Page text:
Unbalanced canter? - The Horse Forum
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post #1 of 33 Old 09-08-2012, 06:41 AM Thread Starter
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Unbalanced canter?

My horse canters around the perimeter of the arena ok, but trips and almost falls on his face and loses the gait when asked to make smaller circles. Not too small, just half the arena size and our arena is very large. Is this a balance issue, clumsiness, lack of muscle tone? Should I work more on trotting circles. He does seem to trip alot and seems uncoordinated.
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post #2 of 33 Old 09-08-2012, 09:21 AM
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I'm 99.9% sure, without seeing photos/video, that the issue is purely because your horse is on its forehand. Some horses have enough natural balance to turn smaller figures while on the forehand, others do not. I'd say your horse isn't one of the lucky ones that knows where its feet are at all times, therefore finding the smaller turns hard to navigate.

The best advice I can give, again without seeing photos/videos of what's going on, is to get yourself and your horse to a good trainer - as a Dressage rider I would recommend a Dressage coach, as we are very much focussed on having the horse off the forehand.
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post #3 of 33 Old 09-10-2012, 09:10 PM Thread Starter
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Why am I not getting any other responses? Is this a stupid question?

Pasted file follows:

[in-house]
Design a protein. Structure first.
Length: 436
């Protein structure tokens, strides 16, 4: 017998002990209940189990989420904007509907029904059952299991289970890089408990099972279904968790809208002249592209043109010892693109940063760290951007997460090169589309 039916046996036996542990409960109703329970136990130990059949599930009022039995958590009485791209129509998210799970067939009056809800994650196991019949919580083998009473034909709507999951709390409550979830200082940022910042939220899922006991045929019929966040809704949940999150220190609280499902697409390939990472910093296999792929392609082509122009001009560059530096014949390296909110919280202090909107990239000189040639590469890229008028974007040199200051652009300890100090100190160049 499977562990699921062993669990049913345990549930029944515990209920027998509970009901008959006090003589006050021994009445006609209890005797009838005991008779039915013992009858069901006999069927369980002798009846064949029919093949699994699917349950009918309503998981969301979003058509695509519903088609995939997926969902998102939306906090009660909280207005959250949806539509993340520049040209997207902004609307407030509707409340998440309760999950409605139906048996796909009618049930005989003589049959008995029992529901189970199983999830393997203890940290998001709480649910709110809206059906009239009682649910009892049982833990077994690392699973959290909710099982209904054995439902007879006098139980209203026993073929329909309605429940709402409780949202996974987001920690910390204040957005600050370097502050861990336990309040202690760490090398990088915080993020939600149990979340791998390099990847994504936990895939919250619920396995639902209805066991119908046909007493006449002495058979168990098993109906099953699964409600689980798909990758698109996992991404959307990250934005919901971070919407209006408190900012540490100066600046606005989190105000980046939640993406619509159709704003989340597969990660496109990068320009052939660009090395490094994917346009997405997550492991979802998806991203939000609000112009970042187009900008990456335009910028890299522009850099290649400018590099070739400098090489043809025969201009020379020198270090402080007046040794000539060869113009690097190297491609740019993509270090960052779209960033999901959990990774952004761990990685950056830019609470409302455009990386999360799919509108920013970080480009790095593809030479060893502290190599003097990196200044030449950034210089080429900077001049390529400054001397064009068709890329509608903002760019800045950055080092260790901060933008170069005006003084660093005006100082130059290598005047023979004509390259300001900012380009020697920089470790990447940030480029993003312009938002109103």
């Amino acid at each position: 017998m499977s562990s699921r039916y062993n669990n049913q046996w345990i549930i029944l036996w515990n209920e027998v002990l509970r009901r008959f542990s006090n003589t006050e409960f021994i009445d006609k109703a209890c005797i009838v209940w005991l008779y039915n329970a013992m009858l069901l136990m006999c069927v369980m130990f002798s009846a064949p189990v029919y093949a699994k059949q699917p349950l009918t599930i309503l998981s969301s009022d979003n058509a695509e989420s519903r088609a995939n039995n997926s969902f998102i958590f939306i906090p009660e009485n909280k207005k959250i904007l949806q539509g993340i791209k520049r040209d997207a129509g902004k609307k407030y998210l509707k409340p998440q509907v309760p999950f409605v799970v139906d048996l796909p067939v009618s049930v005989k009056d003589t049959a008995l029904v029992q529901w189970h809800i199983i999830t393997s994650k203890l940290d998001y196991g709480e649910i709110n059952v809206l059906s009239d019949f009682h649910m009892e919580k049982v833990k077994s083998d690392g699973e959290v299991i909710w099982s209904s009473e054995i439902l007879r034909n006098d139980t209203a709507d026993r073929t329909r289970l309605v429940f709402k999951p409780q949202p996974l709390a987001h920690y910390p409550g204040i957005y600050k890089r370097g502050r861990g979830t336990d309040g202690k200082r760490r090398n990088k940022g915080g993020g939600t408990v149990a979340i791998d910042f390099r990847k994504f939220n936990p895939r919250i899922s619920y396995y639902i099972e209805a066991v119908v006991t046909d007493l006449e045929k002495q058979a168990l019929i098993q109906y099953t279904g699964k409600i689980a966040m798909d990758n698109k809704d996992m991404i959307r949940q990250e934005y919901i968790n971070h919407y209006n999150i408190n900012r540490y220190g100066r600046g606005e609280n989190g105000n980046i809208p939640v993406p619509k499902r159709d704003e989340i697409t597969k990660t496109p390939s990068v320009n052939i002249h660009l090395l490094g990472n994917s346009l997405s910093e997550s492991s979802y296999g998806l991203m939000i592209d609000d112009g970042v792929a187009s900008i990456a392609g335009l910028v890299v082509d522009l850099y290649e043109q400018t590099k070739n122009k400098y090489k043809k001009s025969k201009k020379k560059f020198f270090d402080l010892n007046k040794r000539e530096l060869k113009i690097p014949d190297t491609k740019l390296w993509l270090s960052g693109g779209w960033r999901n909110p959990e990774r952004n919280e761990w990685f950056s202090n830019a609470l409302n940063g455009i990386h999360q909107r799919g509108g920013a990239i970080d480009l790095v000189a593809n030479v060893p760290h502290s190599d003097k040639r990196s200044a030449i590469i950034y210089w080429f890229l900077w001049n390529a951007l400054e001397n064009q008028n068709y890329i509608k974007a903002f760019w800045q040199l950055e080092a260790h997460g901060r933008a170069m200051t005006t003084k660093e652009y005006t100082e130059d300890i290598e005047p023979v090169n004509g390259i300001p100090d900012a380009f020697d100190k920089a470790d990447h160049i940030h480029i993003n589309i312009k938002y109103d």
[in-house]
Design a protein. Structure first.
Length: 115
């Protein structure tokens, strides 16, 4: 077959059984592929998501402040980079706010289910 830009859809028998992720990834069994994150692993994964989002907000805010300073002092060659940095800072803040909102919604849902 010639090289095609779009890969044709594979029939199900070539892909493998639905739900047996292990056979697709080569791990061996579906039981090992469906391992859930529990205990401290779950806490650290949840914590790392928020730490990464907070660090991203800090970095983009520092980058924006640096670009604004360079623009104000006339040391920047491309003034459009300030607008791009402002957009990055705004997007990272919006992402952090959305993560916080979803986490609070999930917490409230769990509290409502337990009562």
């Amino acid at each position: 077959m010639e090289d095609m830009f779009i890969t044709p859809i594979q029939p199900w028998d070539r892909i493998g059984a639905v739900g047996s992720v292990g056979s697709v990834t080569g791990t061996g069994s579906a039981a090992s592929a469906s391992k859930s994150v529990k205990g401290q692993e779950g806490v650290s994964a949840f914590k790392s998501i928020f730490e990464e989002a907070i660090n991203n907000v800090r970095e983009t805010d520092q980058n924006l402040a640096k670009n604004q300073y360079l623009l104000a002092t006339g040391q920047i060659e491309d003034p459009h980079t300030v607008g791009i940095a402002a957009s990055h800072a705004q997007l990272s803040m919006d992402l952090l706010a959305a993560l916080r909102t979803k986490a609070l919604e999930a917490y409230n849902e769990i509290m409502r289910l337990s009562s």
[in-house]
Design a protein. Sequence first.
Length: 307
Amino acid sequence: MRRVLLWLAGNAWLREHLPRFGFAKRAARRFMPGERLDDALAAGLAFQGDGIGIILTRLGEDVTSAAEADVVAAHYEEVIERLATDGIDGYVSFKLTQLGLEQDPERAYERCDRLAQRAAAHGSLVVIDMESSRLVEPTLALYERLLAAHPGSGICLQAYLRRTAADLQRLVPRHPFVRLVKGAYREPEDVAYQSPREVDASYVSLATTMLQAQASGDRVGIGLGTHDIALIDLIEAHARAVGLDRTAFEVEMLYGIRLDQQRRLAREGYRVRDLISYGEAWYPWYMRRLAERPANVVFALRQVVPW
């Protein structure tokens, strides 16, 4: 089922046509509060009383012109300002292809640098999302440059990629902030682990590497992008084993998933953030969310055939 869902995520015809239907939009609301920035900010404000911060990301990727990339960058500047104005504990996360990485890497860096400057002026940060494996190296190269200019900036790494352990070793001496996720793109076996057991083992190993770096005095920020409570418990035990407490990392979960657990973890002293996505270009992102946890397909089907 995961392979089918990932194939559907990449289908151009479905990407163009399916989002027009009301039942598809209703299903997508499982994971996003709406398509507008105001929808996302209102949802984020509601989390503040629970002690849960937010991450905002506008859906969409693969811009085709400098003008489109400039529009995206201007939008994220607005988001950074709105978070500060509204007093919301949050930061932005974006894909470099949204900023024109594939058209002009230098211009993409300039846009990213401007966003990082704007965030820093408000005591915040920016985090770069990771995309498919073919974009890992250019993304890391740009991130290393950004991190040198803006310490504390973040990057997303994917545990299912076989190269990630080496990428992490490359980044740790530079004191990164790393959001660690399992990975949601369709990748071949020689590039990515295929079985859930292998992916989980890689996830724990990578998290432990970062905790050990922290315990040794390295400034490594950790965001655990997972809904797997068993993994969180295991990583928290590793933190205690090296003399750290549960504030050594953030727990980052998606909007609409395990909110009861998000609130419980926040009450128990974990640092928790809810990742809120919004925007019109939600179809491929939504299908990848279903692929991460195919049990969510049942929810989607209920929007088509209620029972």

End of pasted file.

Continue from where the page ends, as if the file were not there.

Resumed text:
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post #4 of 33 Old 09-10-2012, 09:35 PM
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You're not going to get magical answers that will fix the questions over the internet. My response is a sound and logical one - I suggest you try it before disregarding it.
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post #5 of 33 Old 09-10-2012, 09:50 PM
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I agree with Kayty , even though her answer wasnt' very magical.

I'd do more trot work , add in spiral in , spiral out, so that horse works on moving in a circle but also moving in and out laterally. If you have trouble at canter, back down a gait and get things really good at trot.
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post #6 of 33 Old 09-10-2012, 10:00 PM
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Sorry Tiny, I'll have to sprinkle some fairy dust on my responses for you :P
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post #7 of 33 Old 09-10-2012, 10:23 PM
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Without video, you're going to have a hard time getting anyone to commit to an answer. When my mare did something that sounds sort of similar, it was because she compensated for my weight by going way over on the forehand most of the time - but I really don't know if your horse is doing the same thing Mia was.

Riders ask "How?" Horsemen ask "Why?"
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post #8 of 33 Old 09-11-2012, 02:51 AM Thread Starter
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I'm sorry if I offended anyone. I can't afford a trainer and I don't know how to get my horse off of the forehand. I am not a dressage rider and I am not exactly sure if I even know what this means or how to correct it. I thought I wrote back about this, but I guess I didn't. Yowza!!! You guys are tough! Some more info...when I canter him in arena he does nice walk to canter transition, but seems like he is working awfully hard at keepig the gait I.E. barrelling forward. Canter is very fast and uncollected. When he canters on trails , uphills especially, his canter seems alot better and smooth.